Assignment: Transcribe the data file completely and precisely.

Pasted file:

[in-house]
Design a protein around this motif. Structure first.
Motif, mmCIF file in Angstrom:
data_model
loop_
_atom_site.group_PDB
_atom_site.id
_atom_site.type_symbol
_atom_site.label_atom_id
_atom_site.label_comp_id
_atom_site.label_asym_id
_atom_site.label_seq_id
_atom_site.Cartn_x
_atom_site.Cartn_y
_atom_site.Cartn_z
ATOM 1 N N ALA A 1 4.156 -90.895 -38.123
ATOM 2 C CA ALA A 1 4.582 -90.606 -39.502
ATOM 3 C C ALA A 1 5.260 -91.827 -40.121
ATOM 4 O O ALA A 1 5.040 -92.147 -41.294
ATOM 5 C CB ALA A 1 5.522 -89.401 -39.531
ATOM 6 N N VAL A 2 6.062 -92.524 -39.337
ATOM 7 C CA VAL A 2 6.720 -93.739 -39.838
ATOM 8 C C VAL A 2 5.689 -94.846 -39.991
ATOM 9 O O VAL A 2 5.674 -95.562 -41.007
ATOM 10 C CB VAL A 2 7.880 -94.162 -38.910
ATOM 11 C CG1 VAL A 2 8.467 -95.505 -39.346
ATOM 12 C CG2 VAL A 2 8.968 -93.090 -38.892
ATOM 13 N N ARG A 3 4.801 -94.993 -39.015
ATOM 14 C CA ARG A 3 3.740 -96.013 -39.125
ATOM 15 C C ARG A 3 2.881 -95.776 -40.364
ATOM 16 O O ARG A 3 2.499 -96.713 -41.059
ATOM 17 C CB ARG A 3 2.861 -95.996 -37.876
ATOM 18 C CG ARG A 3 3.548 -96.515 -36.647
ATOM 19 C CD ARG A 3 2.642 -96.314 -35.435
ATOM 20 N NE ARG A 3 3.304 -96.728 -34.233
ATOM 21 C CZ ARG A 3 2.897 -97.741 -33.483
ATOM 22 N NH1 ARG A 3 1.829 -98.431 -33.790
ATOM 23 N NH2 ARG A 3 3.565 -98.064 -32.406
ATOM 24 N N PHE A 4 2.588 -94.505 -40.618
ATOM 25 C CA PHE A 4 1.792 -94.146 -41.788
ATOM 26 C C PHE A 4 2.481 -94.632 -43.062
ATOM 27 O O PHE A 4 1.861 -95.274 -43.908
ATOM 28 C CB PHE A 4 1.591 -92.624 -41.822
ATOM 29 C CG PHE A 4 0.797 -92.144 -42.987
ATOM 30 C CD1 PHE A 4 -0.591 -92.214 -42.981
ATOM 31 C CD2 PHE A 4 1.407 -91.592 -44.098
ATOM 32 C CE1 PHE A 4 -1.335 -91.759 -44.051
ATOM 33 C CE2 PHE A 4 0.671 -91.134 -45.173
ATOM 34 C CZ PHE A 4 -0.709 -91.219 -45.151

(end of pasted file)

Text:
[in-house]
Design a protein around this motif. Structure first.
Motif, mmCIF file in Angstrom:
data_model
loop_
_atom_site.group_PDB
_atom_site.id
_atom_site.type_symbol
_atom_site.label_atom_id
_atom_site.label_comp_id
_atom_site.label_asym_id
_atom_site.label_seq_id
_atom_site.Cartn_x
_atom_site.Cartn_y
_atom_site.Cartn_z
ATOM 1 N N ALA A 1 4.156 -90.895 -38.123
ATOM 2 C CA ALA A 1 4.582 -90.606 -39.502
ATOM 3 C C ALA A 1 5.260 -91.827 -40.121
ATOM 4 O O ALA A 1 5.040 -92.147 -41.294
ATOM 5 C CB ALA A 1 5.522 -89.401 -39.531
ATOM 6 N N VAL A 2 6.062 -92.524 -39.337
ATOM 7 C CA VAL A 2 6.720 -93.739 -39.838
ATOM 8 C C VAL A 2 5.689 -94.846 -39.991
ATOM 9 O O VAL A 2 5.674 -95.562 -41.007
ATOM 10 C CB VAL A 2 7.880 -94.162 -38.910
ATOM 11 C CG1 VAL A 2 8.467 -95.505 -39.346
ATOM 12 C CG2 VAL A 2 8.968 -93.090 -38.892
ATOM 13 N N ARG A 3 4.801 -94.993 -39.015
ATOM 14 C CA ARG A 3 3.740 -96.013 -39.125
ATOM 15 C C ARG A 3 2.881 -95.776 -40.364
ATOM 16 O O ARG A 3 2.499 -96.713 -41.059
ATOM 17 C CB ARG A 3 2.861 -95.996 -37.876
ATOM 18 C CG ARG A 3 3.548 -96.515 -36.647
ATOM 19 C CD ARG A 3 2.642 -96.314 -35.435
ATOM 20 N NE ARG A 3 3.304 -96.728 -34.233
ATOM 21 C CZ ARG A 3 2.897 -97.741 -33.483
ATOM 22 N NH1 ARG A 3 1.829 -98.431 -33.790
ATOM 23 N NH2 ARG A 3 3.565 -98.064 -32.406
ATOM 24 N N PHE A 4 2.588 -94.505 -40.618
ATOM 25 C CA PHE A 4 1.792 -94.146 -41.788
ATOM 26 C C PHE A 4 2.481 -94.632 -43.062
ATOM 27 O O PHE A 4 1.861 -95.274 -43.908
ATOM 28 C CB PHE A 4 1.591 -92.624 -41.822
ATOM 29 C CG PHE A 4 0.797 -92.144 -42.987
ATOM 30 C CD1 PHE A 4 -0.591 -92.214 -42.981
ATOM 31 C CD2 PHE A 4 1.407 -91.592 -44.098
ATOM 32 C CE1 PHE A 4 -1.335 -91.759 -44.051
ATOM 33 C CE2 PHE A 4 0.671 -91.134 -45.173
ATOM 34 C CZ PHE A 4 -0.709 -91.219 -45.151